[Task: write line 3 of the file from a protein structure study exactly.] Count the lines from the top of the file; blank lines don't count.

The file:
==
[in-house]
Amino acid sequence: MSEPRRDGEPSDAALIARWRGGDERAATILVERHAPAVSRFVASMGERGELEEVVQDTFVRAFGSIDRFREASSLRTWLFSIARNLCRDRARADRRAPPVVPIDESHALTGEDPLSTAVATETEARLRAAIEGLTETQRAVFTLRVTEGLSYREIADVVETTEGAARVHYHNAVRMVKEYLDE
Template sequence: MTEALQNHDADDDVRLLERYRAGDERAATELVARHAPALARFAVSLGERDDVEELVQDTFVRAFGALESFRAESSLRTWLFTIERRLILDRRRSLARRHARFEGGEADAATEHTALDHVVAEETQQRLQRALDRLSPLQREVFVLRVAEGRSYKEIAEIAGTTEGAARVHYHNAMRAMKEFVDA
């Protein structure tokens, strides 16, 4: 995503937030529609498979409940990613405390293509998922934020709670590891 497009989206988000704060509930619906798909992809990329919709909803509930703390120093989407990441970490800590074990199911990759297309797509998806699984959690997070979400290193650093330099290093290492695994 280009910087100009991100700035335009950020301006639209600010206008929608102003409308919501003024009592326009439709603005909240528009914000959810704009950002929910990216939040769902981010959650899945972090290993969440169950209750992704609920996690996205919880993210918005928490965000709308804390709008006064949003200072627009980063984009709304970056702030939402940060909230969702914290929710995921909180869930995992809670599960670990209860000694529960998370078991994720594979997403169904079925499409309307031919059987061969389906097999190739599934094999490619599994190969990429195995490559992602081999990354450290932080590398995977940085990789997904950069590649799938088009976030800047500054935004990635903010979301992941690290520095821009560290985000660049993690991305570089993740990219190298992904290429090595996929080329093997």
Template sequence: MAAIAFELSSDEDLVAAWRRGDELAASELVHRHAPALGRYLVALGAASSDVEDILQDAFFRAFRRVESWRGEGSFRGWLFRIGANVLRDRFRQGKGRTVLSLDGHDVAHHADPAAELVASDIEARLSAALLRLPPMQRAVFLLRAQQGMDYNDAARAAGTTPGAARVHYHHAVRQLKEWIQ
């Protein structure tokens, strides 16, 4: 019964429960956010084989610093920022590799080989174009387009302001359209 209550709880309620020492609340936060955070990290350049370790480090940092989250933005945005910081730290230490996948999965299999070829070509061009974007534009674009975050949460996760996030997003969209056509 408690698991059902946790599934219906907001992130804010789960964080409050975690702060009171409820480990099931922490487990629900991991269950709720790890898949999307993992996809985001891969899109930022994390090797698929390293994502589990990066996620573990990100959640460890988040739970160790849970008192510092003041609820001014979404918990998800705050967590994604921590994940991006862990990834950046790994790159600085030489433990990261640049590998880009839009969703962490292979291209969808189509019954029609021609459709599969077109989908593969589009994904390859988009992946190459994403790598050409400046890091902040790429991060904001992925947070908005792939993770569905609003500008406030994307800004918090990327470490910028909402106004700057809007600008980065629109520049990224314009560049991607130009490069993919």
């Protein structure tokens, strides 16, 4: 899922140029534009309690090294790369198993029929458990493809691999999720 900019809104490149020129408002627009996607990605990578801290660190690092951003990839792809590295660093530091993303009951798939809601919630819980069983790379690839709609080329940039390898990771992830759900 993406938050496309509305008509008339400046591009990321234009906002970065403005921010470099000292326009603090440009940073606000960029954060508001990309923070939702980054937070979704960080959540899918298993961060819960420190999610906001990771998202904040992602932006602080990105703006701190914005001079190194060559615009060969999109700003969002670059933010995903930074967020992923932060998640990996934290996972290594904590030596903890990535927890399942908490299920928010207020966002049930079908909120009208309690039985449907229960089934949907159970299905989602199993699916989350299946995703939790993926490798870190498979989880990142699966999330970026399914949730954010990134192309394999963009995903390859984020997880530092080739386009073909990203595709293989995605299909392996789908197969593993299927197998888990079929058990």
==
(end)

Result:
Template sequence: MTEALQNHDADDDVRLLERYRAGDERAATELVARHAPALARFAVSLGERDDVEELVQDTFVRAFGALESFRAESSLRTWLFTIERRLILDRRRSLARRHARFEGGEADAATEHTALDHVVAEETQQRLQRALDRLSPLQREVFVLRVAEGRSYKEIAEIAGTTEGAARVHYHNAMRAMKEFVDA